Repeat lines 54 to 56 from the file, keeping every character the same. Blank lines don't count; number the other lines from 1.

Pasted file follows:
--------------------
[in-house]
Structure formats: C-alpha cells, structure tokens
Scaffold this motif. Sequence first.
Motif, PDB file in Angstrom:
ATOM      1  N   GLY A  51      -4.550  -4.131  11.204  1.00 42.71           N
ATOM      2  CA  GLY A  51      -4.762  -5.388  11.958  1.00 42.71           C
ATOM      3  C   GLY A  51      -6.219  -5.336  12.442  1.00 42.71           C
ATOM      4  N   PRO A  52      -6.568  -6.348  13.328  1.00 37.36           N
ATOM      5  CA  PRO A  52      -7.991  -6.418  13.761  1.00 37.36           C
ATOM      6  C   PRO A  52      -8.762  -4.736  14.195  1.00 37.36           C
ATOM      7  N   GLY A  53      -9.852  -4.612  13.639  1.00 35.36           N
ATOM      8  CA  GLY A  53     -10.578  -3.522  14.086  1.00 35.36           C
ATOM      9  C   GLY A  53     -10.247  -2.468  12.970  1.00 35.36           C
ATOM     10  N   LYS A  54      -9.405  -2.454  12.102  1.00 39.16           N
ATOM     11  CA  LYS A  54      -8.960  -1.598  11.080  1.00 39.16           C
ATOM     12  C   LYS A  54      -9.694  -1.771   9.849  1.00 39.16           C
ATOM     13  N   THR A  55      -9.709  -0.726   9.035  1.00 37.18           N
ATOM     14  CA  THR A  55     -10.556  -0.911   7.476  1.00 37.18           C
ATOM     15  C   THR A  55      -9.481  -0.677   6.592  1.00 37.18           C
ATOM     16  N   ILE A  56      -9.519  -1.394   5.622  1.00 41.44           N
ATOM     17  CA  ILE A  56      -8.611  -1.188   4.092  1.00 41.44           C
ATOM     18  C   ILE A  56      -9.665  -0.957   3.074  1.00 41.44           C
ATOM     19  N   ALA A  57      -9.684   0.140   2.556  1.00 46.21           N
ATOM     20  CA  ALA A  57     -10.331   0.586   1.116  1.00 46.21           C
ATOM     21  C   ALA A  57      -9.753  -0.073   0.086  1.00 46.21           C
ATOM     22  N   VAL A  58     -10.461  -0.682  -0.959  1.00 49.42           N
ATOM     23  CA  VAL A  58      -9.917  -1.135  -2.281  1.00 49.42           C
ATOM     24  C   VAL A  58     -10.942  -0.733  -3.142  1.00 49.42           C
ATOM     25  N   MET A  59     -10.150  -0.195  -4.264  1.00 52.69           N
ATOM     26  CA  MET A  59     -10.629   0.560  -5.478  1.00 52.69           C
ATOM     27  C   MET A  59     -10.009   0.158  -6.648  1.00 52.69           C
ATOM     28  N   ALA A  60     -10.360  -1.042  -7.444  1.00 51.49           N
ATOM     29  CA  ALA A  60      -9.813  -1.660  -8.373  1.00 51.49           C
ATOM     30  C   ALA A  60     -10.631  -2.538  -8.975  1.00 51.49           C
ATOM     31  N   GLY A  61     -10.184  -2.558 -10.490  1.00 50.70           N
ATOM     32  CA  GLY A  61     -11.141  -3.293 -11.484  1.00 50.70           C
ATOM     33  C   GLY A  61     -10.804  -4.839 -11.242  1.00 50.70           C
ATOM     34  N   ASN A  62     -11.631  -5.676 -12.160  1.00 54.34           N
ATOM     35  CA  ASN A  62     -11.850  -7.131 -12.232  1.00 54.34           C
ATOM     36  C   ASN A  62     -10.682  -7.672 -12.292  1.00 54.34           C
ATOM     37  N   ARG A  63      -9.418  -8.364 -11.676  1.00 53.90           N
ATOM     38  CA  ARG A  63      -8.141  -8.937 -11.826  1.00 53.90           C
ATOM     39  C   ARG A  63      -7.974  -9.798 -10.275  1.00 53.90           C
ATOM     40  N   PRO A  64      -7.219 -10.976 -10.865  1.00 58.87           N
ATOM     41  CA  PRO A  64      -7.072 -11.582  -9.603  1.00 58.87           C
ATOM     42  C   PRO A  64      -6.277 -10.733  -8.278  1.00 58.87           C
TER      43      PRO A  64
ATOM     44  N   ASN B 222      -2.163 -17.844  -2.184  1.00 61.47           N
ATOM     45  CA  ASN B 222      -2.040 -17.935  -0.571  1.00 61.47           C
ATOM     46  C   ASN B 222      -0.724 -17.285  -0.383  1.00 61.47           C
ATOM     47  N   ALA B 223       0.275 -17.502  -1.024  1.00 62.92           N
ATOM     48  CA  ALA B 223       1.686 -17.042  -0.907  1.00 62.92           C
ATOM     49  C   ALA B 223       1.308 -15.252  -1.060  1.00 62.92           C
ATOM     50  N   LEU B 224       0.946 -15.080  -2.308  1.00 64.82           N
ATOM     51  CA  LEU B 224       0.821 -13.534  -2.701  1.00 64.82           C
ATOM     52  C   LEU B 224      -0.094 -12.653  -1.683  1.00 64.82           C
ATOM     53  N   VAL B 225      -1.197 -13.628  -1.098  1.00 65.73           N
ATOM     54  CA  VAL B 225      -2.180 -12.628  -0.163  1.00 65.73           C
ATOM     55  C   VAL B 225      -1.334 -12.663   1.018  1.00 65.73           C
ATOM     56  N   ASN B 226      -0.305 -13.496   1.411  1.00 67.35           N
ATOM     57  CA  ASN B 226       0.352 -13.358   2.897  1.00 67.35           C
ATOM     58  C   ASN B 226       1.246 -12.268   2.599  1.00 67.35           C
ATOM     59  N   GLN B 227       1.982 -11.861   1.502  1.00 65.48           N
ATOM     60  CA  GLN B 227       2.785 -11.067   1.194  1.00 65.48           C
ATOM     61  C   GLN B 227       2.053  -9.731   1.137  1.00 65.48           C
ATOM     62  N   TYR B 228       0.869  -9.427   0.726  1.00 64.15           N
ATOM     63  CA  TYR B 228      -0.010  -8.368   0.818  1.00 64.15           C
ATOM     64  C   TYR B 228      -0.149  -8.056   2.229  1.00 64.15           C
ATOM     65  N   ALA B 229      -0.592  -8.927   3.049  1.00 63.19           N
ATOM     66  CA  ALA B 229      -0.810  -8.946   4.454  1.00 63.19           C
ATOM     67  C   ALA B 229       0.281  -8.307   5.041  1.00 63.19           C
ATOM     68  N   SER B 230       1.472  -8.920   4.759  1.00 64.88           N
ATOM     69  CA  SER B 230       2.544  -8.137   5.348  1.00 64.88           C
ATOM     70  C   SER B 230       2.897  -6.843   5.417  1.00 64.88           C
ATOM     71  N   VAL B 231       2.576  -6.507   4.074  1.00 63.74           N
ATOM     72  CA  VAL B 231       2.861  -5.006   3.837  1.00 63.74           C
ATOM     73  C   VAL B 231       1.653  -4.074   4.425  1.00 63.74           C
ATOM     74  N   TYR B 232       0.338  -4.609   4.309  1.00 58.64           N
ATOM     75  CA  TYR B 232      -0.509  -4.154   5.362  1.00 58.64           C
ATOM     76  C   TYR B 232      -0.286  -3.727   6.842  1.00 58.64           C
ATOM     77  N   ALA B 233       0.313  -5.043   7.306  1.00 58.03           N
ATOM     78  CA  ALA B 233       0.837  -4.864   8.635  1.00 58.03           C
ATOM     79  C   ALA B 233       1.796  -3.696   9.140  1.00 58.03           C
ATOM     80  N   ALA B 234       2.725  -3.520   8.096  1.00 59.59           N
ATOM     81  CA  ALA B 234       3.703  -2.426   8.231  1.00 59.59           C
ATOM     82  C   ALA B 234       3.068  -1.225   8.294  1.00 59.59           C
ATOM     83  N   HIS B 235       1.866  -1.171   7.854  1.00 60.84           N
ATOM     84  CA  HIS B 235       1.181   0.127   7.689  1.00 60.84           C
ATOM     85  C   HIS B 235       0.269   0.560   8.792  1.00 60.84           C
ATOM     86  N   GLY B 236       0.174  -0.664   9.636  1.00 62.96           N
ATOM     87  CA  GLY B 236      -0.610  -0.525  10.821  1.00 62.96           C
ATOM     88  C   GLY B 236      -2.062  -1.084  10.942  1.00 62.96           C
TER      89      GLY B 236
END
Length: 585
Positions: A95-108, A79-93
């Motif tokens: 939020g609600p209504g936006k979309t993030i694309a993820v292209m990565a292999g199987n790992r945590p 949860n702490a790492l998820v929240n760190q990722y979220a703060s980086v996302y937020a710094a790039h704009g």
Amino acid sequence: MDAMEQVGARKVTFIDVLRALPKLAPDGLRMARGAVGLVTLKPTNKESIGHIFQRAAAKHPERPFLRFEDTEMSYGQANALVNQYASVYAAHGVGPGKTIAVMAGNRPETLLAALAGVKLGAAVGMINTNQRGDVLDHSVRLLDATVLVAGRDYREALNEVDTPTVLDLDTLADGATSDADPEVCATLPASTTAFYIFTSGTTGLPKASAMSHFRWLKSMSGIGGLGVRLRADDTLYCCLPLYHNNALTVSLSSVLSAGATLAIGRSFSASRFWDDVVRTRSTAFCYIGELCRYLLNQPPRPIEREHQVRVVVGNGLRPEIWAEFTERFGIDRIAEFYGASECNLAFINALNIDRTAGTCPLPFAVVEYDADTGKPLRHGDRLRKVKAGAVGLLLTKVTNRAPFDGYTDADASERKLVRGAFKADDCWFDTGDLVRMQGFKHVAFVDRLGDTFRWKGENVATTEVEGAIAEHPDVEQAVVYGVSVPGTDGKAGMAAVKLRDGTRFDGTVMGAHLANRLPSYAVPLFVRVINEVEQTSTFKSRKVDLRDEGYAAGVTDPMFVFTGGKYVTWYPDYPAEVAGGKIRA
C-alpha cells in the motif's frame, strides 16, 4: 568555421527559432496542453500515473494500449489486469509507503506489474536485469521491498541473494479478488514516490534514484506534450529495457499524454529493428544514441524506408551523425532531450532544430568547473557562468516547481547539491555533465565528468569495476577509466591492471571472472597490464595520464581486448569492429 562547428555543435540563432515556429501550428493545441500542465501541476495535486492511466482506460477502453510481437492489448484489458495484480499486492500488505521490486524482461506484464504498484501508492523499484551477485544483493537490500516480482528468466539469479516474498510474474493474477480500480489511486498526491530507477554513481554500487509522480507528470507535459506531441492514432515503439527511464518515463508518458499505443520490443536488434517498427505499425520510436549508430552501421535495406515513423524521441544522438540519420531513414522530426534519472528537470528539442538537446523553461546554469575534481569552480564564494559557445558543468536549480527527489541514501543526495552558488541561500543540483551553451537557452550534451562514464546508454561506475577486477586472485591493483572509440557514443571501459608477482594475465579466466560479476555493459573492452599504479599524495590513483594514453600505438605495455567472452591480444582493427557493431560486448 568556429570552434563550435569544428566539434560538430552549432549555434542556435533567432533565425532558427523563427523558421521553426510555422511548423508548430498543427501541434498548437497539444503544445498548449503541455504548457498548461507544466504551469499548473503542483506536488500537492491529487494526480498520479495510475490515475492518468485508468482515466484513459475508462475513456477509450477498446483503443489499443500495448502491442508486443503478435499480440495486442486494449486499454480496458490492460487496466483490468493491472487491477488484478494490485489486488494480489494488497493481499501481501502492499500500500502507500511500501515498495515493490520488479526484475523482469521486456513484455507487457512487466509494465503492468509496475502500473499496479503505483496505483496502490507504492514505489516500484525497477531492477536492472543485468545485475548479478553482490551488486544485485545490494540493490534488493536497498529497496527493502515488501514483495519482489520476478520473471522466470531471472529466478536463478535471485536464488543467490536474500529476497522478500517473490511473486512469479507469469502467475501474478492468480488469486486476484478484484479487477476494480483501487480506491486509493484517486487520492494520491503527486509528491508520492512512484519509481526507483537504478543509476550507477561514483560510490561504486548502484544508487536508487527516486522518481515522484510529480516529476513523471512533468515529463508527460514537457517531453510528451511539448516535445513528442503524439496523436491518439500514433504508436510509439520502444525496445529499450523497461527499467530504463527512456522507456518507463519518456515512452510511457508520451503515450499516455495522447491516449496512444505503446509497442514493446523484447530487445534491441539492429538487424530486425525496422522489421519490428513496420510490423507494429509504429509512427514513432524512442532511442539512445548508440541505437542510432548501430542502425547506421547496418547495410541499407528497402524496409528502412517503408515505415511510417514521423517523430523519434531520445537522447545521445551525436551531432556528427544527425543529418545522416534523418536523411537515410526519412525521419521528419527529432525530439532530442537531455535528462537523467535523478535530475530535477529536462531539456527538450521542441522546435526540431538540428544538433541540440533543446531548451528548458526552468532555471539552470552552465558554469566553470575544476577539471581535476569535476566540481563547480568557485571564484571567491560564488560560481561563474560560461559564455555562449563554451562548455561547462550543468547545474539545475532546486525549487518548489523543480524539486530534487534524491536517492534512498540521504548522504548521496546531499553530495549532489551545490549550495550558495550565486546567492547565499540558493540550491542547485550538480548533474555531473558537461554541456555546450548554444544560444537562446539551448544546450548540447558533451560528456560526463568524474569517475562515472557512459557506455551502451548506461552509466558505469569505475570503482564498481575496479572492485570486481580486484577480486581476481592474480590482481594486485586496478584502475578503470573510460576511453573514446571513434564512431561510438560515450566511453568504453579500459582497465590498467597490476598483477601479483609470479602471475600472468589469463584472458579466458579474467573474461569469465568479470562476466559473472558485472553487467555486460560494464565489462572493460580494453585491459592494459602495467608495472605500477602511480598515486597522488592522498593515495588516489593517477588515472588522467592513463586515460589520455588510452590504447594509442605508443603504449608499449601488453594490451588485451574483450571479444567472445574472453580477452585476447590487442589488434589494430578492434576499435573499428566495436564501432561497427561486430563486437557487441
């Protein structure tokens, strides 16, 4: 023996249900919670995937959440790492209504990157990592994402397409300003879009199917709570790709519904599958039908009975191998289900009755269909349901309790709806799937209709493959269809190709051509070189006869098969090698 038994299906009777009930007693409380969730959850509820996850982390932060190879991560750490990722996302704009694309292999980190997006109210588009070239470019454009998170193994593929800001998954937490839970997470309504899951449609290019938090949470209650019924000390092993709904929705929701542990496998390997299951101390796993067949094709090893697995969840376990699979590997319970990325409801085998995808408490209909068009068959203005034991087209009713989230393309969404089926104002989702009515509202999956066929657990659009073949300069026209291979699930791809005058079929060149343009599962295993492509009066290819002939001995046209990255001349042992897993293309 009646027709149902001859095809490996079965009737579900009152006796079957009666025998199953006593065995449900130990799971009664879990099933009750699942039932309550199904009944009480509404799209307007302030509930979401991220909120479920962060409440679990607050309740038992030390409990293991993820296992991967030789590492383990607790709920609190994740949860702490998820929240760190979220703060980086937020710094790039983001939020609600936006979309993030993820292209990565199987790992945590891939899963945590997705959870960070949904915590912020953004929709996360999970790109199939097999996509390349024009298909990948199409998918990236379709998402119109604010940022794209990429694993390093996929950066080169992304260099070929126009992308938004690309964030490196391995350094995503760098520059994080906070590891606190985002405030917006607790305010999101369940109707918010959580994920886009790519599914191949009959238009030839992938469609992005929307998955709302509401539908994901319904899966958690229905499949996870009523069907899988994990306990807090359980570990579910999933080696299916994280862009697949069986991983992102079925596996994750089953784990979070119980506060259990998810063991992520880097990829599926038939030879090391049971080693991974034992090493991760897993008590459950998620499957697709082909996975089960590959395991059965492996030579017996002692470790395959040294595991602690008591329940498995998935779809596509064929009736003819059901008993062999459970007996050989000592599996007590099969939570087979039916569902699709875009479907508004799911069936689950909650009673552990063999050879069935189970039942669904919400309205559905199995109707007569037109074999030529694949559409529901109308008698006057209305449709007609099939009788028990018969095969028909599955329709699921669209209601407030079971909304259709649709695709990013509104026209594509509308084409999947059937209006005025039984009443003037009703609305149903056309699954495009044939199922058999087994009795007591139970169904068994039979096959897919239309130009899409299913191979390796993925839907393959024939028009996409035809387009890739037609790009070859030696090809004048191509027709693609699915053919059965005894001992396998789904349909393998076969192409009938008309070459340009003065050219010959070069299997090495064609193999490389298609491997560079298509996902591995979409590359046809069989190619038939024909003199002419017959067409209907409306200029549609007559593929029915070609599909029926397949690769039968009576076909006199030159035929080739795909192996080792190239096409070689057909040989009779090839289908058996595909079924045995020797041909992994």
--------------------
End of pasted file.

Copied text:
ATOM     50  N   LEU B 224       0.946 -15.080  -2.308  1.00 64.82           N
ATOM     51  CA  LEU B 224       0.821 -13.534  -2.701  1.00 64.82           C
ATOM     52  C   LEU B 224      -0.094 -12.653  -1.683  1.00 64.82           C